It wasn’t until about a year ago that I really got into Kevin Ayers. The epiphany came at Gruff Ryhs’s show at the Crocodile when he did a cover of Ayers’s Religious Experience. Up until then I new Ayers had been the Soft Machine with Robert Wyatt and had a bunch of solo albums and that was about it. Gruff’s cover totally opened my eyes to Ayers an his unique combination of folk, glam and psychedelia. Shortly thereafter I found The Best of Keven Ayers at Jive Time down in Fremont. When I bought it the guy working there recommended Bananamour as his best and most consistent album, so that was my next Ayers purchase. I love the guys at Jive Time, they know their stuff and it seems like they’ve always got a good story or comment about whatever I buy there. From Bananamour, I went on to Whatevershebringswesing, Joy of a Toy and last years come back The Unfairground.
His music reminds me of a medieval minstrel singer sometimes, at others an acid trip and then there are the sublime comedown songs where his mellifluous baritone combined with the music makes you want to stay right where you are and not move. Creating a perfect mood no matter where you are or what you’re doing. He has this deep rich voice that along with his accent he would be my choice to narrate fairytale like movies. I could also easily see him doing books on tape, his voice has this soothing calmness to it that immediately puts one at ease.
Ayers has a reputation for kind of opting out of the game and doing things his own way. He abruptly left the Soft Machine after their first album and headed down to the Mediterranean and the island of Ibiza. His solo albums are somewhat sporadic, and unpredictable, but he always seems to have top notch musician pals playing on them like Brian Eno, Elton John, Mike Oldfield, Syd Barrett and John Cale. His album from last year was no different with old friend Robert Wyatt, and new ones Euros Childs (Gorky’s Zygotic Myncie), Gary Olson (Ladybug Transistor), Norman Blake (Teenage Fanclub), and Frank Reader (Trashcan Sinatras) to name a few.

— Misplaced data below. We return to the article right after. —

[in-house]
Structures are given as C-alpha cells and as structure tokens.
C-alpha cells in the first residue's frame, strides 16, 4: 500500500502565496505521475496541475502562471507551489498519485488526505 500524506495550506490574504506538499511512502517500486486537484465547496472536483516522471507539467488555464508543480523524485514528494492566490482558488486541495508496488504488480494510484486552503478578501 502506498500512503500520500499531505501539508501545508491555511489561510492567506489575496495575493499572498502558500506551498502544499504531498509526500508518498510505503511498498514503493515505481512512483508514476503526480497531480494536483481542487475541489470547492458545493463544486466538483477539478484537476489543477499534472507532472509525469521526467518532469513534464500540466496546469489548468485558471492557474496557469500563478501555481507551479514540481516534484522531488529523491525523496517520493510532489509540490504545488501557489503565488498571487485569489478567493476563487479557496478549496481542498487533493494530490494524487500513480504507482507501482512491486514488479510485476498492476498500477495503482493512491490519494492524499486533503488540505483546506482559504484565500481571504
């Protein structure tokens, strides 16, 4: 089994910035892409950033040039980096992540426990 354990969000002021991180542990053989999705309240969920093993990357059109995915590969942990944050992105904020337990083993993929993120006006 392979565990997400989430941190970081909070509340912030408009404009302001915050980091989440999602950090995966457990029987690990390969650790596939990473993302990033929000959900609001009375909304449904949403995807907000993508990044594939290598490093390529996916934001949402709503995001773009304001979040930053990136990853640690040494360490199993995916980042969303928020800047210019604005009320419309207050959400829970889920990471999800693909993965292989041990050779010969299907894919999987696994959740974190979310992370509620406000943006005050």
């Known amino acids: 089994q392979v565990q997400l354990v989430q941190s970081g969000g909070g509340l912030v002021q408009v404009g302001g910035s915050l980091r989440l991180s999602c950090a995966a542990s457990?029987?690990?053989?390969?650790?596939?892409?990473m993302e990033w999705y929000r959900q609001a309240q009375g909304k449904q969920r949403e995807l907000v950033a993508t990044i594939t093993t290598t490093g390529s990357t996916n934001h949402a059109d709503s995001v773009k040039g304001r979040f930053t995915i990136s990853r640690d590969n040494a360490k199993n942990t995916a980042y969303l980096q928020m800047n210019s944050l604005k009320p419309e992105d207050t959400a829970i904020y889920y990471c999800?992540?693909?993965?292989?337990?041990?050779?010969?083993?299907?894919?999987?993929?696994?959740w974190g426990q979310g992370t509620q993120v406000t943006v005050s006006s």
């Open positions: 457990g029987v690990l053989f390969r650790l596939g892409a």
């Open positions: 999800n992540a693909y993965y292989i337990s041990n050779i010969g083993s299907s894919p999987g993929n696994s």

Initially Ayers’s music can be a tough nut to crack, and if you per chance buy one of his late 70’s and 80′ albums first you may think that he’s not all that. Many of his songs contain three, four or five ideas, abruptly changing temp or style mid song can make for some difficult listening to the uninitiated. So if you start with the straight forward songs like Religious Experience, Butterfly Dance, Caribbean Moon or Stranger in Blue Suede Shoes, you’re more likely to get hooked and from there you can start easing your way into his back catalog. His earlier albums from 1970 to 1974 are all worth hearing with my two favorites being his first Joy of a Toy and Bananamour. If you’re the type that doesn’t like the hassle of having to remember which albums to get and which ones to avoid, Harvest has just put out a four cd career spanning album that hits all the high points and adds an unreleased 1973 performance at Queen Elizabeth Hall in London.
This is just the tip of the iceberg….
mp3: Kevin Ayers – Religious Experience (from Joy of a Toy)
mp3: Kevin Ayers – Butterfly Dance (from Banana Productions Best of)
mp3: Kevin Ayers – Caribbean Moon (from Banana Productions Best of)
mp3: Kevin Ayers – Girl on a Swing (form Joy of a Toy
mp3: Kevin Ayers – Stranger In Blue Suede Shoes (from whatevershebringswesing)
mp3: Kevin Ayers – Shouting in a Bucket of Blues (from Bananamour)
mp3: Kevin Ayers – Interview (from Bananamour)
mp3: Kevin Ayers – Walk on Water (from Unfairground)
Go out and buy some Kevin Ayers!